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Special Issue "Rotaxanes"

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A special issue of Molecules (ISSN 1420-3049).

Deadline for manuscript submissions: closed (20 September 2013)

Special Issue Editor

Guest Editor
Dr. David B. Smithrud (Website)

Department of Chemistry, University of Cincinnati, Cincinnati, OH 45221, USA
Interests: molecular recognition; cell transport; DNA binding agents; peptidomimetics; host-guest chemistry; catalysis; synthesis

Special Issue Information

Dear Colleagues,

The wheel was one of the great inventions of mankind. Reinvention of the wheel in molecular chemistry gave birth to rotaxanes. The wheel is kinetically locked around a linear molecular axle with its slippage blocked by sterically hindering molecules attached to the ends of the axle. Controlling the spatial location of the wheel on the axle, as it naturally spins and slides, is the challenge for chemists who harness the power of the wheel to drive novel molecular machines. The scope of this Special Issue includes state of the art research harnessing the unique features of rotaxanes to construct a wide range of molecules from the small molecular devices such as sensors, switches, biomimetics, and transporters to the large supramolecular structures such as polyrotaxanes. Research papers and reviews dealing with the presented fields are welcome for the preparation of this Special Issue of Molecules.

Dr. David B. Smithrud
Guest Editor

Submission

Manuscripts should be submitted online at www.mdpi.com by registering and logging in to this website. Once you are registered, click here to go to the submission form. Manuscripts can be submitted until the deadline. Papers will be published continuously (as soon as accepted) and will be listed together on the special issue website. Research articles, review articles as well as communications are invited. For planned papers, a title and short abstract (about 100 words) can be sent to the Editorial Office for announcement on this website.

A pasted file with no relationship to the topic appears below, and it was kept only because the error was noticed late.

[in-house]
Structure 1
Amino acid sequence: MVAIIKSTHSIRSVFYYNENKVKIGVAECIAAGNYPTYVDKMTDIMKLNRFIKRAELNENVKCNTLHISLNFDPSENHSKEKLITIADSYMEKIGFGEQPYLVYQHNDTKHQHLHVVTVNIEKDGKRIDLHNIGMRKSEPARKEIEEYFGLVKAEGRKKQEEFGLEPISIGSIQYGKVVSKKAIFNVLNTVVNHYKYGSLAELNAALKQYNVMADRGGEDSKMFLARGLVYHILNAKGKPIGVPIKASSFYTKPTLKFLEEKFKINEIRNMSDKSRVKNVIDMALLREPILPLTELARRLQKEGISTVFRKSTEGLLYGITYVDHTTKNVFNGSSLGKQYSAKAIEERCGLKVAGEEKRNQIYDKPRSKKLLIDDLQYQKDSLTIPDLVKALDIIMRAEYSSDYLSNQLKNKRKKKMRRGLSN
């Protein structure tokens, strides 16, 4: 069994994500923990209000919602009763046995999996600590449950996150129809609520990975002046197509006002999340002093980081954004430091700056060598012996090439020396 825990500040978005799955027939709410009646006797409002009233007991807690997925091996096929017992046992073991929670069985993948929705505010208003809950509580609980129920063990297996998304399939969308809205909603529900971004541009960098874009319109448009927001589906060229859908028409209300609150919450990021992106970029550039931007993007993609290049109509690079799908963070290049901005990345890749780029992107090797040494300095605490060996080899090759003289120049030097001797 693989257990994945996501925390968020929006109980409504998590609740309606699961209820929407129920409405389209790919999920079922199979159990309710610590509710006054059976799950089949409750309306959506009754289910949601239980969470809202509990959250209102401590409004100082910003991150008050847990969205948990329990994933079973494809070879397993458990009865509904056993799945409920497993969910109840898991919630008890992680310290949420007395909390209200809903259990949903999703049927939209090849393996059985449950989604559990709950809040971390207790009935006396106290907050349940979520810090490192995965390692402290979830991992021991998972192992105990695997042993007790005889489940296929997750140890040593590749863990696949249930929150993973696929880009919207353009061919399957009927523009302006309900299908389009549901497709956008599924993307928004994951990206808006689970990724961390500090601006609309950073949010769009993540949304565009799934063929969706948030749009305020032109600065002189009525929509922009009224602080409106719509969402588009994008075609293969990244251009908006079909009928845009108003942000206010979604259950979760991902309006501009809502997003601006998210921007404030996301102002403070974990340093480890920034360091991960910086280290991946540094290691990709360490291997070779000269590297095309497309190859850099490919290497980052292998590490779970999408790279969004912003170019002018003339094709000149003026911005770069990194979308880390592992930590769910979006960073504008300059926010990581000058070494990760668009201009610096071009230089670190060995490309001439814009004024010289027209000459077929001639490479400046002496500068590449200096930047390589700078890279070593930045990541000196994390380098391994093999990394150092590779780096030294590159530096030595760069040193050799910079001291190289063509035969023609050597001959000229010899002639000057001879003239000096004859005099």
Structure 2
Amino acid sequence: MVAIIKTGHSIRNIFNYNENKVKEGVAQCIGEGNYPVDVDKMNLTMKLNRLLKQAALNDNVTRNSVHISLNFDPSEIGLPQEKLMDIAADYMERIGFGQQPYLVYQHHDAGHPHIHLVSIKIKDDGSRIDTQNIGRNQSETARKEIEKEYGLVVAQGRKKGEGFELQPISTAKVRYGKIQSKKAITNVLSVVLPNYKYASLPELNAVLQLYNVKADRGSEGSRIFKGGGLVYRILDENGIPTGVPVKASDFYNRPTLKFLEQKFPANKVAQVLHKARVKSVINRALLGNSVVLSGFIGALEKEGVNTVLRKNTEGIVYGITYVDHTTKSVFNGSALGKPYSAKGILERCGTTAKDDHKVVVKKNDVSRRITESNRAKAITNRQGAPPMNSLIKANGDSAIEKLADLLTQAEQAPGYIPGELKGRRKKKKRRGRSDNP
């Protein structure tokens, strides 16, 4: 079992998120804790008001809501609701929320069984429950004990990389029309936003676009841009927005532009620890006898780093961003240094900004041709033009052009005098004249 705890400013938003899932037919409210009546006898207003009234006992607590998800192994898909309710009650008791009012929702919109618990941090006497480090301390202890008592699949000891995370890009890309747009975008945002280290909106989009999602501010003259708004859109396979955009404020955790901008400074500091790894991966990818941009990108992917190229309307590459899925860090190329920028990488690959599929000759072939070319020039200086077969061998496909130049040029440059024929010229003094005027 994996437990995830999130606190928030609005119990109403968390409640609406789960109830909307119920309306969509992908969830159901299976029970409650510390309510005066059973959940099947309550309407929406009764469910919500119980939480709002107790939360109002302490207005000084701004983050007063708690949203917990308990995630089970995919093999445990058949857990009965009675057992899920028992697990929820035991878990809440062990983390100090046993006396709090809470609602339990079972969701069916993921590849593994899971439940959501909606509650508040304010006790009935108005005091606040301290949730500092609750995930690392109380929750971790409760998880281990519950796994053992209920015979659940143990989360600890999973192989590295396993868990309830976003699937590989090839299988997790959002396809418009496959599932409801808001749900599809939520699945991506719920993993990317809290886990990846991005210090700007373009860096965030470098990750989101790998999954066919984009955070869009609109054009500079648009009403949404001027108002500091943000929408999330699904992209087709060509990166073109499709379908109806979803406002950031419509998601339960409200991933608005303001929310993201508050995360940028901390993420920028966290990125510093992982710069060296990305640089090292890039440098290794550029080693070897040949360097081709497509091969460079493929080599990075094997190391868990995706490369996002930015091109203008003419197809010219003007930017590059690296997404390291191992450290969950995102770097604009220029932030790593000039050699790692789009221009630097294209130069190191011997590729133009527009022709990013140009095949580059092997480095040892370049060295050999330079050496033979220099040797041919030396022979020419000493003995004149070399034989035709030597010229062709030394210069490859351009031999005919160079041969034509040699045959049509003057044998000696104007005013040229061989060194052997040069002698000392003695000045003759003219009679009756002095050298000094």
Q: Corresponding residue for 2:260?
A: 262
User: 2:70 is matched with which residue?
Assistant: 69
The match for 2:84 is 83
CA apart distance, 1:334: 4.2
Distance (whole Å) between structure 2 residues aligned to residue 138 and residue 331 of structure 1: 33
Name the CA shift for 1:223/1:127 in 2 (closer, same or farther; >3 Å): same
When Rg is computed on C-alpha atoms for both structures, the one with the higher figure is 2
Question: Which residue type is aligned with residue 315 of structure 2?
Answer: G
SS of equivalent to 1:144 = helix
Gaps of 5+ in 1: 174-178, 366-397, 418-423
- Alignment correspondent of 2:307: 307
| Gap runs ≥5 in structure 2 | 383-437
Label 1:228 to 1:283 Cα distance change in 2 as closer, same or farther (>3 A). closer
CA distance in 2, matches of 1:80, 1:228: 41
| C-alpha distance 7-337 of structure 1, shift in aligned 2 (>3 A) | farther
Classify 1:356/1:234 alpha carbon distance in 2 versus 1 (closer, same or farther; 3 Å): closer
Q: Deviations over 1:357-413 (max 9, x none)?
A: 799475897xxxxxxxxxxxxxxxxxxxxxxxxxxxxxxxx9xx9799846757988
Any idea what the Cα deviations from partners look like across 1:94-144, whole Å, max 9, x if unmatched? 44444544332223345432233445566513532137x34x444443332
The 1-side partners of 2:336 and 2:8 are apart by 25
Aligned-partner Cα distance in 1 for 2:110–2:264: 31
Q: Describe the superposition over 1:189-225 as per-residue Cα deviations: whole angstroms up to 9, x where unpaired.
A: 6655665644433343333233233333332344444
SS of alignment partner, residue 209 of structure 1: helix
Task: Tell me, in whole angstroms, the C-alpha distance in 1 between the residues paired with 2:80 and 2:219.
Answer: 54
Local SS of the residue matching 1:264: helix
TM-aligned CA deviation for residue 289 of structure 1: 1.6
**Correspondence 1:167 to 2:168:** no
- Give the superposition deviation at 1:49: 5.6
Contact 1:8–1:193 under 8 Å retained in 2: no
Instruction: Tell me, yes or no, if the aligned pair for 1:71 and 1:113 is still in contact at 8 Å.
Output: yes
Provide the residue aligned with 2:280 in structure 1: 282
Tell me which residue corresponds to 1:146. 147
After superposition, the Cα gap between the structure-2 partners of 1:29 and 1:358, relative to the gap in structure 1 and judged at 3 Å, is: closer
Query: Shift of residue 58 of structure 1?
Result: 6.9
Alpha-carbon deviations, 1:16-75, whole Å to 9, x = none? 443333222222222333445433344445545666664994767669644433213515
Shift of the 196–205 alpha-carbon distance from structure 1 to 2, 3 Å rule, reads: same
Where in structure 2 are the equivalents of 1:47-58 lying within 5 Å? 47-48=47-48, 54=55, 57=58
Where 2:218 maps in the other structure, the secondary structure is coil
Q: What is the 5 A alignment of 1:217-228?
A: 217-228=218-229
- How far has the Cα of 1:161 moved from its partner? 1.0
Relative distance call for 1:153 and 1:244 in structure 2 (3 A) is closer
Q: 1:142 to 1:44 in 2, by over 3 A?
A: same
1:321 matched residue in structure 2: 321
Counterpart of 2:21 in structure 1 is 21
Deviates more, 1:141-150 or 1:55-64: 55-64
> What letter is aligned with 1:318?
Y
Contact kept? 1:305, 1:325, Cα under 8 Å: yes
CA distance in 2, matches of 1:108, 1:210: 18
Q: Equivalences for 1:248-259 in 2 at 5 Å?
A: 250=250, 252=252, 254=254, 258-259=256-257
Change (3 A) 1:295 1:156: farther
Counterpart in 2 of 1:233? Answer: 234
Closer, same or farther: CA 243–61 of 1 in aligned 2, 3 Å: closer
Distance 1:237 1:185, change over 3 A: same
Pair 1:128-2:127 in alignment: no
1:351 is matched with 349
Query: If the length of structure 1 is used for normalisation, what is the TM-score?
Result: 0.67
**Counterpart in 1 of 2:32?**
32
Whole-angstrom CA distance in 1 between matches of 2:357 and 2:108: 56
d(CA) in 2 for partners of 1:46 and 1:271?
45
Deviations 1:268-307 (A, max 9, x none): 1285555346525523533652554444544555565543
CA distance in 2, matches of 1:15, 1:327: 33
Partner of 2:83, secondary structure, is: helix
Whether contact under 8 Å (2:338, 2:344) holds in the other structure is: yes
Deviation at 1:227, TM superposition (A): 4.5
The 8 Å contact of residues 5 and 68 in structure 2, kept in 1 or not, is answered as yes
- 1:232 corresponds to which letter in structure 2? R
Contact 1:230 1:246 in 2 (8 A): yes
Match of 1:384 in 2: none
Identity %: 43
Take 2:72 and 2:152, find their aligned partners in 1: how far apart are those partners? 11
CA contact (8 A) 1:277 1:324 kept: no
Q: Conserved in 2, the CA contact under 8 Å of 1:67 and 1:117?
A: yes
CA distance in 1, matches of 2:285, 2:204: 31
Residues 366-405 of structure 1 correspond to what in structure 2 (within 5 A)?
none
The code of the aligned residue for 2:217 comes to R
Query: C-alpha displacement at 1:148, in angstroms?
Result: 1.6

Submitted manuscripts should not have been published previously, nor be under consideration for publication elsewhere (except conference proceedings papers). All manuscripts are refereed through a peer-review process. A guide for authors and other relevant information for submission of manuscripts is available on the Instructions for Authors page. Molecules is an international peer-reviewed Open Access monthly journal published by MDPI.

Please visit the Instructions for Authors page before submitting a manuscript. The Article Processing Charge (APC) for publication in this open access journal is 1800 CHF (Swiss Francs).

Keywords

  • rotaxanes
  • polyrotaxanes
  • molecular sensors
  • molecular switches
  • molecular machines
  • delivery devices
  • host-guest chemistry
  • biomimetics

Published Papers (2 papers)

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Research

Open AccessArticle A Piston-Rotaxane with Two Potential Stripes: Force Transitions and Yield Stresses